Family vacations offer unique opportunities for bonding time and memories to last a lifetime. These special trips sometimes involve only the family members in your household; they might also include immediate or blended family who live close by, and/or extended family members who live farther away and don’t see each other often. The idealized concept of vacationing together with family is alluring, but in reality, “family vacations” can mean something different to everyone, and they are a lot more complicated than the happy images on the website suggest. Fact is, you should probably expect conflicts to come up during your family vacation. Why? Consider your family members, and everyone’s normal at-home environments & schedules. Now add in concentrated periods of time together; unfamiliar locations; less personal space; out-of-whack routines; the excitement factor of vacation activities; and possibly family members who don’t know each other well, and it starts to make more sense.
As you prepare for your family’s upcoming vacation, it’s important to acknowledge that the potential for conflict exists. A good approach is to: (1) use some advance and on-site planning to help reduce the potential for conflict, and (2) discuss / agree in advance on how to resolve vacation-time conflicts if they come up. With clear communication, a little planning, and some conflict resolution strategies, you can help create a positive, affirming and FUN vacation experience for all!
Note: this blog doesn’t identify any of the underlying reasons why some people or situations might be more prone to conflict, nor any therapeutic strategies that might be used to address this issue. The blog merely offers tactical approaches for reducing the potential for conflict during a family vacation, and for addressing conflict if / when it arises. For anyone needing affirming and validating support with conflict or healing with any issue, please click here or email us at email@example.com.
Family Vacation Planning Tips to Help Avoid Conflict
What’s the Plan? Together with the other paying adults, decide on the destination and the budget; and agree to payment details before anything gets booked. Once parameters are confirmed, share info with the rest of the family to get input and set expectations.
Do the Research. No one likes unmet expectations or sad surprises. To avoid stress and conflict, never assume; confirm every feature, amenity, attraction and activity that’s important to you. Thoroughly research your hotel / rental, ground transportation and activities before you book. Check official websites, read reviews, send emails, talk to friends. Engage with reviews & references, and make phone calls to get your questions answered.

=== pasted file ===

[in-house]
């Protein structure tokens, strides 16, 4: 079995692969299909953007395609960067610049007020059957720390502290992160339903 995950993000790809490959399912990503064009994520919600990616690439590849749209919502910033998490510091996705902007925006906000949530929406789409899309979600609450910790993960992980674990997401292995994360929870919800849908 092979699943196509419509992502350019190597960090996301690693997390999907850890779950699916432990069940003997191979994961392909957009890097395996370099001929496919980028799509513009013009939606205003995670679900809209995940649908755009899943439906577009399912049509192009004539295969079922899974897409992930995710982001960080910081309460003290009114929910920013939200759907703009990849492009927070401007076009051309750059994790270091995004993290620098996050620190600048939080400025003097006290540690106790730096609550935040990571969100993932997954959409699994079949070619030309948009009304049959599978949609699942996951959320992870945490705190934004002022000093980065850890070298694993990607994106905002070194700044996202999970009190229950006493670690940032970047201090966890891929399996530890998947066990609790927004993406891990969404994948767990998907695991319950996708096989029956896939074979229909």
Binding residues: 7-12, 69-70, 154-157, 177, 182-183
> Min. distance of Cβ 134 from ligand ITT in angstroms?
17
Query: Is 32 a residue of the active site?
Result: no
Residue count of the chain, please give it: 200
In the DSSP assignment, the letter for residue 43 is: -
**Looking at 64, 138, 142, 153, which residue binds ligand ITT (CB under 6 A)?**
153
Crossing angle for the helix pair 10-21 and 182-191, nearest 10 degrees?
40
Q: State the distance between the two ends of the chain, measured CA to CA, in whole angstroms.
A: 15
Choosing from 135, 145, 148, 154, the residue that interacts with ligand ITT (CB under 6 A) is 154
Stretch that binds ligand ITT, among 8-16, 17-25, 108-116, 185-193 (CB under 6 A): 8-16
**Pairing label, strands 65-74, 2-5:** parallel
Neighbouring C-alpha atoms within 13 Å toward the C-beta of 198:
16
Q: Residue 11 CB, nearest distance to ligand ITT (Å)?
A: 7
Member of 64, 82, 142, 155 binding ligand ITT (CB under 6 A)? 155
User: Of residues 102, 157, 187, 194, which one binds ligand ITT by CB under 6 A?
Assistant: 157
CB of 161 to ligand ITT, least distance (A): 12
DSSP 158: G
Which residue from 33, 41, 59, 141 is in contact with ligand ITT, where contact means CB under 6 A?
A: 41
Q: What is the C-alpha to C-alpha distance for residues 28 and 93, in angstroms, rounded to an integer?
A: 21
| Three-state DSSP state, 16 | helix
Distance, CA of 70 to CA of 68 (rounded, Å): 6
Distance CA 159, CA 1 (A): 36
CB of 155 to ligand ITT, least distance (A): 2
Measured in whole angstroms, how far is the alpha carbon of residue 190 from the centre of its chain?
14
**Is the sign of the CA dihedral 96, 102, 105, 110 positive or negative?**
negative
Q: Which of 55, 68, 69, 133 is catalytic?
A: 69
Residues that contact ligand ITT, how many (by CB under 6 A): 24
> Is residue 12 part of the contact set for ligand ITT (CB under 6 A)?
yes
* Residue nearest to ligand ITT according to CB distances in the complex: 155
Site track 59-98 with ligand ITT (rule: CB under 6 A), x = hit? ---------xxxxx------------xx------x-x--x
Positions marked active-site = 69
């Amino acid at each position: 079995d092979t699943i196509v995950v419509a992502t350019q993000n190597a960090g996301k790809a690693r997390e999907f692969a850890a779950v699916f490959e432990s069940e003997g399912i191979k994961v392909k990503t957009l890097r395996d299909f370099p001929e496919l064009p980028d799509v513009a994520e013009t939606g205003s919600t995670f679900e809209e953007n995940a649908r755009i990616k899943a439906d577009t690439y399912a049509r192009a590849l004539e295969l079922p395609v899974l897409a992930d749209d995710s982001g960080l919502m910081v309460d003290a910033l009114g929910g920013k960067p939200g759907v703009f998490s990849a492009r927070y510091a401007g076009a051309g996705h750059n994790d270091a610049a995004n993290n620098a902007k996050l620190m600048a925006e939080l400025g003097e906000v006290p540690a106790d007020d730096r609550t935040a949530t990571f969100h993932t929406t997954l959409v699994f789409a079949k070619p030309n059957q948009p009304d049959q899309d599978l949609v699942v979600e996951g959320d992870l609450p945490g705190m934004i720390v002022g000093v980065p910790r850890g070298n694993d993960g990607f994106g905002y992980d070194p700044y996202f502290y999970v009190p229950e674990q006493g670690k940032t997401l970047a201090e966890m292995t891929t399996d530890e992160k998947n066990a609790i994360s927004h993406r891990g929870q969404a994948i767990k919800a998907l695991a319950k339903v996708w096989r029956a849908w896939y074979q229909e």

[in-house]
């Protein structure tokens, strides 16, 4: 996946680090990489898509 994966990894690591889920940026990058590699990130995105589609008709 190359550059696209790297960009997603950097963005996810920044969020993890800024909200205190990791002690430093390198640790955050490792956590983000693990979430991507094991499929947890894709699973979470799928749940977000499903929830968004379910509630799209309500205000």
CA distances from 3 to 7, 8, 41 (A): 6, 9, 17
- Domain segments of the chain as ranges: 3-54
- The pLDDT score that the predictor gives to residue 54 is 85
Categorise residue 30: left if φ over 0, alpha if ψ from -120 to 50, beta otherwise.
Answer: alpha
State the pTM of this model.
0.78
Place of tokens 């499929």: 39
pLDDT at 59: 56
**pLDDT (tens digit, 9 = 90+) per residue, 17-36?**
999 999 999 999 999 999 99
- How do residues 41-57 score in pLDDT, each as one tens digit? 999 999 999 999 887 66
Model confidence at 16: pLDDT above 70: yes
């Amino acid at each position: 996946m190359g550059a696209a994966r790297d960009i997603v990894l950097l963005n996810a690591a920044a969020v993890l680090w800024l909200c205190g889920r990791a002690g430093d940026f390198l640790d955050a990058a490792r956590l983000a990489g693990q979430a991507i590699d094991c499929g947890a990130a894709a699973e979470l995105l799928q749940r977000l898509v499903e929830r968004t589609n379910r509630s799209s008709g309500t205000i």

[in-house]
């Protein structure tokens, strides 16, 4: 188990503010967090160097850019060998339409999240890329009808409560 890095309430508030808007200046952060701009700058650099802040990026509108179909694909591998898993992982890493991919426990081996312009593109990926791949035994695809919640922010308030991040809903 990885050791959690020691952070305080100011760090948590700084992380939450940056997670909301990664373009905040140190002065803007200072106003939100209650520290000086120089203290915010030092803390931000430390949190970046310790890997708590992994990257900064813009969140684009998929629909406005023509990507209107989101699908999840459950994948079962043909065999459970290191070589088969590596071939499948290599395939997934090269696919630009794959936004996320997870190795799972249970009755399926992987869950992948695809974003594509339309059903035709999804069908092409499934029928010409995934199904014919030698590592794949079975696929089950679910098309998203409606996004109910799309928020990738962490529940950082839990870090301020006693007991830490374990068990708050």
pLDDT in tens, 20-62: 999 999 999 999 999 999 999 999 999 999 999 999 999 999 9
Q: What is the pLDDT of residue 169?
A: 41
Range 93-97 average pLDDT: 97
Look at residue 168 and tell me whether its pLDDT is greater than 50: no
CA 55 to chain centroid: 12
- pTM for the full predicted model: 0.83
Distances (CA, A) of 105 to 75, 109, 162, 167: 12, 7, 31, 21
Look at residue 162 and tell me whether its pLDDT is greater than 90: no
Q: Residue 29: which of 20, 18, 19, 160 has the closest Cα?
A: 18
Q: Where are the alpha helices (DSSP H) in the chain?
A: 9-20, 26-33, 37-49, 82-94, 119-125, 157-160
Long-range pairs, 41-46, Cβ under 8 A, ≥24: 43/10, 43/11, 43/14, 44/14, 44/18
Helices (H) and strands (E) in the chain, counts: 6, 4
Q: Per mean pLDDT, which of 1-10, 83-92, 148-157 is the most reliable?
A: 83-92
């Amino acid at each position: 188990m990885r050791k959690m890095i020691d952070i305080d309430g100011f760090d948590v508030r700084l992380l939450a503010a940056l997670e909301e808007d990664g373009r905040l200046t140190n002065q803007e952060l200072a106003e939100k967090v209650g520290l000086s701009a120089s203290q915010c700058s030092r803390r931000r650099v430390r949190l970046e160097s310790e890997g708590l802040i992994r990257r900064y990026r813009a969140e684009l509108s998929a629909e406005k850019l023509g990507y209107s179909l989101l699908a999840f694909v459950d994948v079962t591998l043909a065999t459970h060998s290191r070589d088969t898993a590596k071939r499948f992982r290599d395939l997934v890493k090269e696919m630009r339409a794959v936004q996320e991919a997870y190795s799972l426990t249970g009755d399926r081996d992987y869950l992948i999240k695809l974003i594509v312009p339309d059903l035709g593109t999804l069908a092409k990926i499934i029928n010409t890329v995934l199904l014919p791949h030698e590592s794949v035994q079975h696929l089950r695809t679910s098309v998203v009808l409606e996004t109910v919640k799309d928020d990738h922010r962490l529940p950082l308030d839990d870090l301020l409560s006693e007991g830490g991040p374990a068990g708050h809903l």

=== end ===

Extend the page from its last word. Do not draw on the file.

Accommodations Matter. These days, the options range from full-service hotels and themed resorts, to private home rentals. Consider:
- How many bedrooms / how much personal & shared space you need
- Booking a spare bedroom to help keep the peace
- If there are individuals who’ll need dedicated private space to recharge
- Space for kids to be kids (indoor & outdoor options, e.g. game room, in-rental space, hotel pool etc.)
- Logistics, such as a need for first floor bedrooms, elevators, cribs, etc.
Be sure to communicate the rules regarding purchases of in-room snacks & room service with kids and teens when you arrive, and that everyone is respectful of the space to avoid costly damage charges.
Ground Transportation Matters, Too. Booking a rental car / van with adequate personal space for your group (and your luggage!) will increase comfort and help reduce conflict. It should be easy for everyone to get in and out of, especially if you’ll be taking day trips often. Creative seating arrangements can also help minimize conflict. For example, a non-driving adult can sit in row 2 or 3 for access to younger kids; to reduce conflict between siblings; to give a teenager time in the front seat; or to encourage engagement between family members who don’t see each other often
Don’t “Overplan”. Your vacation is about making memories, so be sure to balance the excitement and adventure with rest and relaxation. Agree on time for breaks, so family members can do what they want for a few hours. This allows young children and tired adults to nap, gives teens time to spend exploring, and helps facilitate a casual “dinner in” or evening time with everyone.
Vary the Activities. Keep everyone’s interests and capabilities in mind, and plan a variety of experiences so there’s something for all. You don’t have to do everything together, either. One adult can take some of the kids for an activity while others do something different, or do nothing at all.
About That Cell Phone… Most adults complain it’s the teens who are constantly on their devices, but these days, even Grandma is plugged-in. Phones weaken in-person connections and stymie communication, but banning devices outright is unrealistic and can lead to sulky kids (and adults). Instead, consider setting a few basic ground rules around phones during meals and/or other designated times, and let the rest go. Just make sure your rules are well communicated in advance and that they apply to everyone.